By Carla Thompson
Sunday, June 11, 2006
A few women who have survived abusive relationships with rap stars are breaking the silence about domestic violence. But a "no snitch" rule is still widely observed in the hip hop music world.
(WOMENSENEWS)--Big Pun--born Christopher Rios on Nov. 10, 1971 in the Bronx, N.Y.--was a 697-pound platinum-selling solo rap artist who died in 2000 at the age of 28 from a heart attack.
After his death, his widow, Liza Rios, chronicled their stormy relationship and the physical abuse that began when she was 16 years old in the 2002 documentary, "Big Pun: Still Not a Player," which she co-produced and which included footage of Pun pistol-whipping her.
The documentary did not earn Rios many friends in the hip hop community. When she tried to recruit hip hop stars to perform in a fundraising tour to benefit programs to fight domestic violence, her calls went unanswered, according to various reports in hip hop publications.
The documentary did, however, turn journalist Elizabeth Mendez Berry into a Rios fan.
"I think Liza is a hero," says Berry. "She could have been a tragic first lady of hip hop but she decided not to be . . . She could have been sort of 'a first widow,' a woman who gets sympathy galore because of her fallen (husband) and who doesn't rock the boat."
Instead, Berry found that Rios, unlike many hip hop women, was willing to break an unwritten rule about "not snitching" on the domestic violence in the personal lives of rap stars.
After some initial difficulty reaching Rios, Berry interviewed her for an article about domestic violence in the March 2005 issue of VIBE, the New York-based hip hop magazine.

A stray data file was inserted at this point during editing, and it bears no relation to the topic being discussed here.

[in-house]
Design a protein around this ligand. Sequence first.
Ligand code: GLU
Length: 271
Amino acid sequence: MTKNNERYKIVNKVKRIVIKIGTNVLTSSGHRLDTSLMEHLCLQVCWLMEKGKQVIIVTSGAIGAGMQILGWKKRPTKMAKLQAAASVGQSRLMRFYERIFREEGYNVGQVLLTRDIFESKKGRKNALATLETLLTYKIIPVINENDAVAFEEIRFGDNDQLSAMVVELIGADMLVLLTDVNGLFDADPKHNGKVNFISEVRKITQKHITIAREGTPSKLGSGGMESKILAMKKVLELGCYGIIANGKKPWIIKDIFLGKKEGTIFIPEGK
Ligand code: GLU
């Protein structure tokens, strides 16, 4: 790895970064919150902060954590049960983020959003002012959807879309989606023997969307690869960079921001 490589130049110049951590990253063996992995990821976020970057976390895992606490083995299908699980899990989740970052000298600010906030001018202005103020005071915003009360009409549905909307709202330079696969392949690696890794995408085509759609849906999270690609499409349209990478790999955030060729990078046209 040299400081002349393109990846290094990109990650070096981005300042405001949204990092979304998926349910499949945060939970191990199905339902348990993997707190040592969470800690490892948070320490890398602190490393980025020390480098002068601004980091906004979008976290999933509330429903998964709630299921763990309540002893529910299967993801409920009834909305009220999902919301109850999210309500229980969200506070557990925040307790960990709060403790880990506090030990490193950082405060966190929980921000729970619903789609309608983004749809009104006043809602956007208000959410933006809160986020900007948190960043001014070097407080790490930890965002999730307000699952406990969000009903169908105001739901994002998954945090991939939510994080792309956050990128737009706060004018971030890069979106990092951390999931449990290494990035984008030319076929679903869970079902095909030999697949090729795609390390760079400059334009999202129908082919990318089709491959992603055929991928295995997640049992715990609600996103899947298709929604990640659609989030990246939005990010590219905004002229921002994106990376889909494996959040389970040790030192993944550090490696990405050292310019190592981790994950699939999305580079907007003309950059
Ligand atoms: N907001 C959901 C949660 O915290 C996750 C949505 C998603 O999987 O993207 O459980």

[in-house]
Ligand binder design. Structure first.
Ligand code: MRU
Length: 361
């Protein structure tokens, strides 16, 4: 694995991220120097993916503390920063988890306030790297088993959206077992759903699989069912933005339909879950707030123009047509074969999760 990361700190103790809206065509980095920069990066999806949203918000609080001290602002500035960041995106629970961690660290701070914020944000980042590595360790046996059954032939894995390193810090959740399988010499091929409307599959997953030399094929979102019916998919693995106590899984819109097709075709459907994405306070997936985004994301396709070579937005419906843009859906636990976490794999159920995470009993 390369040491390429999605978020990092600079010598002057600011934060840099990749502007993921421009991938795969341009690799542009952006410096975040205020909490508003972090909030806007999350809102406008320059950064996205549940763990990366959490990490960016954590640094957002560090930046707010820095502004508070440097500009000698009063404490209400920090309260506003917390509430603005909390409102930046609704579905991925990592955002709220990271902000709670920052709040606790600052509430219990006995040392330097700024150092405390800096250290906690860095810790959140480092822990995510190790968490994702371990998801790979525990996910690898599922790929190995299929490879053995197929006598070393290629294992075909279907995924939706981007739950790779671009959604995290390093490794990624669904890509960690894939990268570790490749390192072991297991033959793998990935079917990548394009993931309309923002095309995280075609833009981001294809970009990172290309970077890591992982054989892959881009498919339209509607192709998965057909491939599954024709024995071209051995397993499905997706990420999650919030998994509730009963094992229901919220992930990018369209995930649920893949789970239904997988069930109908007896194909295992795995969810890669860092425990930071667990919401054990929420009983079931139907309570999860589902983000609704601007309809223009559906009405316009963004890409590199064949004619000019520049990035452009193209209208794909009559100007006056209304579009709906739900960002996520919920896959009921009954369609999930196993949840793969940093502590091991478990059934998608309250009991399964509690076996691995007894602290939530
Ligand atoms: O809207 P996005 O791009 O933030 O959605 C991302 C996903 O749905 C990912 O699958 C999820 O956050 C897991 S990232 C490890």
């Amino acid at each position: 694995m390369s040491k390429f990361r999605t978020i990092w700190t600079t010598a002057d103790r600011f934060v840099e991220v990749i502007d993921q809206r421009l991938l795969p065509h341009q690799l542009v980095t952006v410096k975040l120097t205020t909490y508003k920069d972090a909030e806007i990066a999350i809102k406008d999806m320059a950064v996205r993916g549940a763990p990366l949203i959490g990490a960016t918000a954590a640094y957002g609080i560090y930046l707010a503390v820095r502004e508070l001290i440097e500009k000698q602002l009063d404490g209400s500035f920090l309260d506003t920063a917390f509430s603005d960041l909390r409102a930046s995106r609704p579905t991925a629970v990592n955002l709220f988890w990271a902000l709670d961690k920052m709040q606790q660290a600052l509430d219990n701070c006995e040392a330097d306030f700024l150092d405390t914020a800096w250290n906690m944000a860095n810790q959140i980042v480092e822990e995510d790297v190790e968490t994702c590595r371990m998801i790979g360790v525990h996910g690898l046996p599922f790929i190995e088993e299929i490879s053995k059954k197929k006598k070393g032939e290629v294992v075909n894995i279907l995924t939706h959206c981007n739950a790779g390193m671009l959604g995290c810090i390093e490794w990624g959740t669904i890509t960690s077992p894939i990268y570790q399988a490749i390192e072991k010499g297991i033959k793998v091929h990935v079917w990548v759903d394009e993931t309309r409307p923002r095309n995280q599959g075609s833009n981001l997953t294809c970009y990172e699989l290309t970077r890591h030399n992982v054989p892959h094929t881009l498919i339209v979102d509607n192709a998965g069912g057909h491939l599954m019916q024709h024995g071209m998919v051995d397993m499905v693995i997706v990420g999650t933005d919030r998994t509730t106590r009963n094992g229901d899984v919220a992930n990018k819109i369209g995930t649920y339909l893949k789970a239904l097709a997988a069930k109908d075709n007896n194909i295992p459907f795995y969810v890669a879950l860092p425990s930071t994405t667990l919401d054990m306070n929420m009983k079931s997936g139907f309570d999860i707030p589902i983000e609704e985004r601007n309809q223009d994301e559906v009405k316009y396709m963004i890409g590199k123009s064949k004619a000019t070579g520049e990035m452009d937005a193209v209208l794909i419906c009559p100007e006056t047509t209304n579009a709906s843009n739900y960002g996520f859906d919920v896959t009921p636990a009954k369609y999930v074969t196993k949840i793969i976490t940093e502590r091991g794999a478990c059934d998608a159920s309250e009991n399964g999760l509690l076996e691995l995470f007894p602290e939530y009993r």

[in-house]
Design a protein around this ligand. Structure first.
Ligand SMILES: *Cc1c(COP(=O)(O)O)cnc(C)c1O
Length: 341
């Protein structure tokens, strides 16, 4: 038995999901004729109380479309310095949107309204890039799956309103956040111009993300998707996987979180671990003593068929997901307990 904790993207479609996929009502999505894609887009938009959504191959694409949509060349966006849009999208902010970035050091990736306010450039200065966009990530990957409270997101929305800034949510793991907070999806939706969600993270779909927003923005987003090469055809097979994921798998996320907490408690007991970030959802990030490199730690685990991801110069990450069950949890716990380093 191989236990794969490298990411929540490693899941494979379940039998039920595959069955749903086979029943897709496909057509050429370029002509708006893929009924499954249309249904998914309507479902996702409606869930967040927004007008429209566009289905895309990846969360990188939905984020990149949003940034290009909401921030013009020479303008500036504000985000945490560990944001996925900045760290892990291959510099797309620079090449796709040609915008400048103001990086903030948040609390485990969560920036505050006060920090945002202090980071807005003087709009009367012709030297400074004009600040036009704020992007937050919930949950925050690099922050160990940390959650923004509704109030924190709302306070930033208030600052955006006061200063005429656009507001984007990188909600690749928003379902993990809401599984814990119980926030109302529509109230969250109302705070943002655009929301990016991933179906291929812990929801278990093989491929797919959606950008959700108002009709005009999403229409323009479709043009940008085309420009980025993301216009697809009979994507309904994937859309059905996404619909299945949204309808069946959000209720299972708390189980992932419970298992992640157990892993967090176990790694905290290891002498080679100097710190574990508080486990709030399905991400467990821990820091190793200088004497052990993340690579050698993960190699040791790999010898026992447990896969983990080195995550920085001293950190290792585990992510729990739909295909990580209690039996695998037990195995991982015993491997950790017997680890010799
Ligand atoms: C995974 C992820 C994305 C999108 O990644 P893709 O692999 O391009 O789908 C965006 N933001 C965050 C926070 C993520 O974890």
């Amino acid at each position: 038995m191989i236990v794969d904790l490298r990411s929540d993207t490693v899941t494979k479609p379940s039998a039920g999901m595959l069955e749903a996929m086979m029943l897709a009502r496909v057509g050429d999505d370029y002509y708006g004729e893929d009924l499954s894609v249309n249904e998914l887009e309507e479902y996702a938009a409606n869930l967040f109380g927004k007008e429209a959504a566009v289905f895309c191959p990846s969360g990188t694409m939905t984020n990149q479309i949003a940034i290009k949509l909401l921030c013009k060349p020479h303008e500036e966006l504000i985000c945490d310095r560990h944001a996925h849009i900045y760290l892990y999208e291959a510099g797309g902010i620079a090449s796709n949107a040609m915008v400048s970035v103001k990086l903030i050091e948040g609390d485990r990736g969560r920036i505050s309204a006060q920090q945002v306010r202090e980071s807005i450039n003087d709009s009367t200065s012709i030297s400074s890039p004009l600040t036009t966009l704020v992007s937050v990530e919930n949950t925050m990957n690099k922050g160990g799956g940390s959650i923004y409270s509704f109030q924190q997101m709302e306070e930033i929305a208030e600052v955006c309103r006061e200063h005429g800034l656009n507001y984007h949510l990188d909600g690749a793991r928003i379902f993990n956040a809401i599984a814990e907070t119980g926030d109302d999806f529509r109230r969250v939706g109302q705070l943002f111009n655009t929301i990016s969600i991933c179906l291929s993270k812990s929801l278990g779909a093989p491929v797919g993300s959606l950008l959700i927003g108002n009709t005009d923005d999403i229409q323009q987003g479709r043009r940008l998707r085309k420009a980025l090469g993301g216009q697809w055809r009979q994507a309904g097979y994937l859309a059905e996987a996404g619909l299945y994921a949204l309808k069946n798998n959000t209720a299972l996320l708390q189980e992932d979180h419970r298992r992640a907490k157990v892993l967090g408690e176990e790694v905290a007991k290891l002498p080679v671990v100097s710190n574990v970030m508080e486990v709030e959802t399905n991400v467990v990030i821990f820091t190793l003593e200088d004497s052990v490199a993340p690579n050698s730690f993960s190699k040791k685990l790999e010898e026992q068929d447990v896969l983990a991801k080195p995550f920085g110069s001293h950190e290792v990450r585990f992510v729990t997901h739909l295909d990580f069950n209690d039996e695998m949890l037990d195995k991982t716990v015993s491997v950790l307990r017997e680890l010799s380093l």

Berry's article ran under the headline, "Love Hurts: Rap's Black Eye."
Aside from Rios, Berry got very few women to allow her to use their names in the story.
Among others, Berry also approached hip hop rhythm and blues singer Faith Evans, the former wife of the late rapper Notorious B.I.G. but Evans, who has sung about the violent death of a young woman at the hands of her boyfriend, was unwilling to talk on the record about her experiences.
She found that many of the women she interviewed--who only agreed to talk to her off the record for fear of reprisal from influential members of the hip hop community--did not think about their experience in terms of "domestic violence." Instead they talked about having "fights."
"They are 5 feet 2 inches and are having 'fights' with guys 6 feet 4 inches," says Berry. "If you ask them if they were abused, they would say 'no.' If you ask them if things ever got physical, they would say, 'Oh yeah, we had 'fights.' The women don't think of themselves as victims because they fought back or initiated the conflict."
One other female artist willing to go on the record with Berry about her abuse was Charli Baltimore, a rapper once signed to the New York City-based Murder, Inc. Records.
Both Rios and Baltimore said they knew enough about the hip hop world to expect repercussions for coming forward, but Berry was unprepared.
"A lot of people were calling me out on the Internet . . . several anonymous writers made negative comments and-or threats about me," says Berry. "People were saying they were worried about me. A period after the article was published, I was advised by colleagues not to go out at night."